Ontario cow-calf producer Dan Darling is the new president of the Canadian Cattlemen’s Association.
Darling, who was the organization’s vice-president for the past two years, succeeds Dave Solverson, who ranches near Camrose. Darling and new vice-president David Haywood-Farmer were elected by acclamation at the CCA’s annual general meeting earlier this month.
Solverson steps into his new role as past president just as the repeal of U.S. mandatory country-of-origin labelling (COOL) rules take effect. Battling COOL was a seven-year effort for the CCA, and one that racked up nearly $4 million in legal fees. Solverson was also active in negotiations surrounding the Trans-Pacific Partnership and the successful implementation of the Canada-Korea Free Trade Agreement.
Darling intends to keep up the focus on trade, with top trade priorities including achieving a bilateral trade agreement with Japan; access for beef from animals over 30 months of age with Mexico; and resolution of the long-standing technical barriers that have prevented the European Union from approving Canada’s main packing plants to export to the EU.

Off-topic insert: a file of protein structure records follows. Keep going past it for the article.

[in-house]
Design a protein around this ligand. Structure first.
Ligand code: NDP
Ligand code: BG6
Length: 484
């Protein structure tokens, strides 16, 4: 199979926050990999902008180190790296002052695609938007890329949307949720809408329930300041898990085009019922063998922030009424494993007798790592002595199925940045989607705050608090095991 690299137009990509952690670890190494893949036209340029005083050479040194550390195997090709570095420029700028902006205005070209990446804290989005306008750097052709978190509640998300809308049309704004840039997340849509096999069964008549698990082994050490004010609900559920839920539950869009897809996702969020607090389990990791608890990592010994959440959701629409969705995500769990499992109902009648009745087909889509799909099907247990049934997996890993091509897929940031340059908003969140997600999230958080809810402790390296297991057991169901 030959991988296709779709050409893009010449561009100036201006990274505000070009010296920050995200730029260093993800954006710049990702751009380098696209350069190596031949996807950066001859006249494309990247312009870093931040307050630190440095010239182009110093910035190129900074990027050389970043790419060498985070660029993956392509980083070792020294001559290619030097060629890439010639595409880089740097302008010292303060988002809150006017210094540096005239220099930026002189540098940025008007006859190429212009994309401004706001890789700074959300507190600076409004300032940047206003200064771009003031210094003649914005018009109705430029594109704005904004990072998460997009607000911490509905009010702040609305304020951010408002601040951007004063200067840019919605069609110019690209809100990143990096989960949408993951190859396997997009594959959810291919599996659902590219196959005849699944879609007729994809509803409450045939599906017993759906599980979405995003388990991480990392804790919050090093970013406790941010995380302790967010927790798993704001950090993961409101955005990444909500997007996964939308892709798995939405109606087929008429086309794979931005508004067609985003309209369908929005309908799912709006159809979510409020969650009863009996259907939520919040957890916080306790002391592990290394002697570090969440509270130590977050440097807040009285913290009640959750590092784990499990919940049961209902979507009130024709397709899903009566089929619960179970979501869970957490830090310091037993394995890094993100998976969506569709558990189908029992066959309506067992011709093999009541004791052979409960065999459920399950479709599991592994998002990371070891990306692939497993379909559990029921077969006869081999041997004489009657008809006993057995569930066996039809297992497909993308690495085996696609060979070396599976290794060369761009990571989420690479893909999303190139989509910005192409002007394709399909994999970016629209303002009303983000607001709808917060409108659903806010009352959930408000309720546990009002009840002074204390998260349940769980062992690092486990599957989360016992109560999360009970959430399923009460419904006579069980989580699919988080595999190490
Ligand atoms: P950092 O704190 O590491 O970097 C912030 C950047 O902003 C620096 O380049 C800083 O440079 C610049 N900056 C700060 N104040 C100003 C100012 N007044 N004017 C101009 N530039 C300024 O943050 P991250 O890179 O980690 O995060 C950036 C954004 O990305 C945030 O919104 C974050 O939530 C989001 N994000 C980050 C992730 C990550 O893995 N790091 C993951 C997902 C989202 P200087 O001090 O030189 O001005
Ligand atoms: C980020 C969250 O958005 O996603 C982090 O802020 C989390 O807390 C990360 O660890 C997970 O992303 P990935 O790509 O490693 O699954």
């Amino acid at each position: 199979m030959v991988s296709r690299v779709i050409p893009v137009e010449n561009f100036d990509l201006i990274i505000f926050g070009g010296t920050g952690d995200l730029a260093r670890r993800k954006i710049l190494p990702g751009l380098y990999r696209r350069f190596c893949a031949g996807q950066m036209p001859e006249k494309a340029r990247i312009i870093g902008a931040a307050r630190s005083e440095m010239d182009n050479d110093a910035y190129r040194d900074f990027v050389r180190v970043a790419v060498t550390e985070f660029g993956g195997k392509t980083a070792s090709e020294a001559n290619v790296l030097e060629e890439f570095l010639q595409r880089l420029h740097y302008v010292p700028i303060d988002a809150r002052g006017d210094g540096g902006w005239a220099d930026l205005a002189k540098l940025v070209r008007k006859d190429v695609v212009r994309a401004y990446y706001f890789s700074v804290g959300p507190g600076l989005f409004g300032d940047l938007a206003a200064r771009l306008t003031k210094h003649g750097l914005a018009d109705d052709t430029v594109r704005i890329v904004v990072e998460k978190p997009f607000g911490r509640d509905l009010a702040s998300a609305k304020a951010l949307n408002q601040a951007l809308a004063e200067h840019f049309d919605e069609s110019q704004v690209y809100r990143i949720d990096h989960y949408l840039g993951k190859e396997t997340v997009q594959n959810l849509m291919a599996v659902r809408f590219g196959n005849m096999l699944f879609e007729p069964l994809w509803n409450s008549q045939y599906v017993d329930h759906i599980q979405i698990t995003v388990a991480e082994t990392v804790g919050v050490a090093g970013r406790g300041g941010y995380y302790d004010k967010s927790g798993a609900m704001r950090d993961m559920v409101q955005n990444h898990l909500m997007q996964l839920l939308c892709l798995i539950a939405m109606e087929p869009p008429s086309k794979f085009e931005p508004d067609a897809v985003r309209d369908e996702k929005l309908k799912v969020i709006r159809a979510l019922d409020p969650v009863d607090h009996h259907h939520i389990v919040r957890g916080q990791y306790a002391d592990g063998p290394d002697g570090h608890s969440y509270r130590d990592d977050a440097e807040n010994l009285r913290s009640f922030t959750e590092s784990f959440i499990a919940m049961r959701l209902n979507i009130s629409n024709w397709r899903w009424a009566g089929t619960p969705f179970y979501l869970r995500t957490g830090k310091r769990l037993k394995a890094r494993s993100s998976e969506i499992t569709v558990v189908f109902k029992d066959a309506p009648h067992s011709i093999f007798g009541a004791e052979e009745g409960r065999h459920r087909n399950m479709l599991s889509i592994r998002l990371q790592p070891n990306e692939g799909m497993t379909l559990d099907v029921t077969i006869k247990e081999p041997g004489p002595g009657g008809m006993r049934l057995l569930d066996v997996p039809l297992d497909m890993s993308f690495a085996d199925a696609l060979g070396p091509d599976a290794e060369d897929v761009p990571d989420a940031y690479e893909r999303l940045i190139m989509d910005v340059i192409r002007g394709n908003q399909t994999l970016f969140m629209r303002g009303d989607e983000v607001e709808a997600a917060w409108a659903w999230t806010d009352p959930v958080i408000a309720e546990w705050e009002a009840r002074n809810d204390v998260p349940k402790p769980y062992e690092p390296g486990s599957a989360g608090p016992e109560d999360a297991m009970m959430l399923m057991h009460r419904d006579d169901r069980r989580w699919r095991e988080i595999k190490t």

As traceability is important to expanding trade, he would like to see movement towards having the industry-supported Cattle Implementation Plan accepted as the business plan that best reflects the realities of cattle production.
“The CCA is well respected and has earned its reputation as an organization of influence because of the good work it does,” said Darling, who is past president of Beef Farmers of Ontario.
He and his brother Van also background calves on 1,500 acres in Northumberland County, part of Ontario’s apple-growing region.
Haywood-Farmer’s family has been ranching in Savona, B.C. for almost 100 years. A third-generation rancher, he is a former president of the B.C. Cattlemen’s Association.